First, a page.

The Lady of the Sorrows by Cecilia Dart-Thornton

And so onto book 2, which pretty much continues where Book 1 (The Ill-Made Mute – see review) left off.

Imrhain is now no longer deformed or mute. Giving herself a new identity, Imrhain, now called Rohain, her voice returned (and how!) and her face now a vision of loveliness manages for the first third of the book to make her way rapidly (perhaps a little too rapidly) up the Kings Court ranks at Caermelor.

There are some interesting developments here. Whereas Book 1 was pretty much a quest novel, much of the story at first in Book 2 deals with political/courtly intrigue

Everything looks rosy, at first. Of course, things do not stay happy. The remainder of the book follows the quest scenario as Rohain attempts to rediscover her memories and past.

This is however a book of new beginnings and closures. Rohain meets people from her past and visits places from her past in order to understand her personal history. The interest here of course is that it is a very different person from that in Book 1, and now that her horizons have been broadened she does see things (and people!) in a different light to that previous.

With this in mind therefore the book does suffer a little from middle book syndrome – you really do have to know what happened in Book 1 here to appreciate whats going on (though there is a very good synopsis at the beginning of this book), and many of the events at the end are clearly there to set up the situation for Book 3. Whereas Book 1 concentrated mainly on Imrhain/Rohain and events in her immediate vicinity, there are wider issues more readily apparent here as Ms Dart-Thornton broadens her canvas. Though Book 2 still uses the lead character as the focus of the novel, other characters and situations are brought to the fore here. There is more to do with the uprising of unseelie creatures against the King, which no doubt will be concluded in book 3, and a major shift change in the last third of the book which partly explains Rohains origins.

Ms Dart-Thorntons broad use of vocabulary, as in Book 1, will continue to both be appreciated by some and found annoying by others. I found it quite pleasing to find words such as crepuscular, caldera, balderdash, carilloned and soughing in the book, though there is still rather a lot of information-dumping which can both fill in background and end up as a list and give the impression at times of prose that is overcooked, though it does help create this atmospheric world. A description of the volcanic nature of the island of Tamhania reads rather like a science book.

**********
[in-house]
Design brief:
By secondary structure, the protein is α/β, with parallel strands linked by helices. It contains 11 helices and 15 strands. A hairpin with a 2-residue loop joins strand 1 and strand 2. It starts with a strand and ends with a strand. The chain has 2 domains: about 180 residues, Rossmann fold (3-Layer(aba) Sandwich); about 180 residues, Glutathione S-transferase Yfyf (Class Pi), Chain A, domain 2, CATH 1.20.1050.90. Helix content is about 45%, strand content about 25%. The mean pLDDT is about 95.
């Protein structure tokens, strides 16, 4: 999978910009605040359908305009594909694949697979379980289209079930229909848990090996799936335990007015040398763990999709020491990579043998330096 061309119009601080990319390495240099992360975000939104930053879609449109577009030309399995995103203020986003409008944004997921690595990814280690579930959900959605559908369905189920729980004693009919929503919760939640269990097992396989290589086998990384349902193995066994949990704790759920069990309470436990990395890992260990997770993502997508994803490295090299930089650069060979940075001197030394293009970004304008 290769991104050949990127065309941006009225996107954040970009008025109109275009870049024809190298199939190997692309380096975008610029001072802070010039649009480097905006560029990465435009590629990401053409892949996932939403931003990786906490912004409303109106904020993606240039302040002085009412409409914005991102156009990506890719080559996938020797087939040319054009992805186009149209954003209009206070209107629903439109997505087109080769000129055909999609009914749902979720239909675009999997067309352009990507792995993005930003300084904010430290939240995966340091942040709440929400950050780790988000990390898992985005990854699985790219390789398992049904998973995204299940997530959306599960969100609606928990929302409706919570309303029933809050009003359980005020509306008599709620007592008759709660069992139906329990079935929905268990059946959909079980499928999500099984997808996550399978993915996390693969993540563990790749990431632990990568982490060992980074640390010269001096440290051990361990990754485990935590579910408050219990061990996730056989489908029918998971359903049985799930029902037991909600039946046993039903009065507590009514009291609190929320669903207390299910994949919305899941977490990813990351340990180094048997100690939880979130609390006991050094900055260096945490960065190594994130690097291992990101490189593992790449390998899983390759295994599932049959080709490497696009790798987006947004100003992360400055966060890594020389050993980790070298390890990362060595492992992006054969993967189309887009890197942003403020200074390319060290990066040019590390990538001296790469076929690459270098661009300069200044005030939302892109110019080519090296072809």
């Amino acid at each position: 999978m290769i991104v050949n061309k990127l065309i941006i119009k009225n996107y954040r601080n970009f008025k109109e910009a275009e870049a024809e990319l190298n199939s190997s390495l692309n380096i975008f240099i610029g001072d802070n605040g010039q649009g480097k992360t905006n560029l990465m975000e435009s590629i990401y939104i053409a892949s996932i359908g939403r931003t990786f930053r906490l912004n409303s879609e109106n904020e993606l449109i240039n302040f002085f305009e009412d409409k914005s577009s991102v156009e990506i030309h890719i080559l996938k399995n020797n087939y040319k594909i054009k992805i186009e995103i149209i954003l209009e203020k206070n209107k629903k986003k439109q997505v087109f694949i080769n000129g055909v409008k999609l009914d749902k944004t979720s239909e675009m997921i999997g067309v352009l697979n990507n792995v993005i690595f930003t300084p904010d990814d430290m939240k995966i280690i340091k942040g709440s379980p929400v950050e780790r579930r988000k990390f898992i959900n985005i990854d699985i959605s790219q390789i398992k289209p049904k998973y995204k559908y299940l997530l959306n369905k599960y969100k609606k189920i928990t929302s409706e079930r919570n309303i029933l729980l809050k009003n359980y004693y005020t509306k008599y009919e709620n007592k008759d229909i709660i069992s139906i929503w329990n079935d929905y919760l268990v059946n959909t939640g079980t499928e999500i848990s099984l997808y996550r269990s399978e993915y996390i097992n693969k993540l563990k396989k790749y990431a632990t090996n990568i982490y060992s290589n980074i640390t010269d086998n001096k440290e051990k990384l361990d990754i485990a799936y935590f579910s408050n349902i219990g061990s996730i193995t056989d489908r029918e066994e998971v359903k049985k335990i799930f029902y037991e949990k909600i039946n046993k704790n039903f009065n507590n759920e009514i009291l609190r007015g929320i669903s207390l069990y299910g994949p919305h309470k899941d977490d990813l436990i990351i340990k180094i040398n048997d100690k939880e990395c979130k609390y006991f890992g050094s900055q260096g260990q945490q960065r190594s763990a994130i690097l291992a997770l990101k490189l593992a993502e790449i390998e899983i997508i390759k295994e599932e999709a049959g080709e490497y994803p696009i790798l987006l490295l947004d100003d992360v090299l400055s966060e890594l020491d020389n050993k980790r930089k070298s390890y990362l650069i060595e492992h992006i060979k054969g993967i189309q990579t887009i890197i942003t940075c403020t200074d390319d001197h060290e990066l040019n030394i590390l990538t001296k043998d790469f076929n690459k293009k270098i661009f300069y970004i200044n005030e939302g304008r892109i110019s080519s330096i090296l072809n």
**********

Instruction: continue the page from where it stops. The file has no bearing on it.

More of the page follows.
The book is still romantic, in the love-story sense. If I have any complaints here, it is that the two lead characters are too perfect. How such wonderfully perfect people have remained perfect is a marvel to me. It is interesting though that the tension here for much of the earlier part of the book is created by a case of absence making the heart grow fonder, Rohains in particular! When the two leads do meet each other again, it is unashamedly romantic.

Unfortunately, where Ms Dart-Thornton needs to tread with deft steps here to show the two lead characters love for each other, she does instead rather trample with hobnail boots. Let me give an example here, one of the slightly less purple prose examples possible:

Thorn stood in the open doorway..In Dainnan attire, straight as a sword he stood, and as bright. His hair and dusken cloak lifted, like shadowy vanes, in the breath of Winter that had entered with him. That cool current blew across the carpets a scatter of leaves from the gardens, leaves that chased each other and skipped like pagan dancers across the floors rich patterning. Rohains heart leapt painfully against her ribs, a bird battering against its cage. His beauty is perilous. I could die merely from beholding it. (Page 263)

What did strike me most here was how similar the storys style is to a lot of Victorian tales – the first third of the book had a somewhat Dickensian morality here, that I had not noticed as much with Book 1. Issues of politics, etiquette and social standing are all noticeable here, more so than in Book 1 (though they are there).

The change in the last part of the book is a little jarring and reminded me of the split in the narrative in Jan Siegels Prosperos Children. Rohain becomes Tahquil and then Ashalind. The story takes on a different perspective, which took a little getting used to but was ultimately rewarding.

In summary then, the book is an interesting development from the first in the series, and has much to recommend to those who enjoyed the first. The lyrical style and love of both myth and vocabulary are both pleasing. The criticisms made of the first however are still apparent and may not suit all readers. In my view however, it did make me want to continue with The Battle of Evernight, book 3 of the series.

Reviewed by Mark Yon

Leave a comment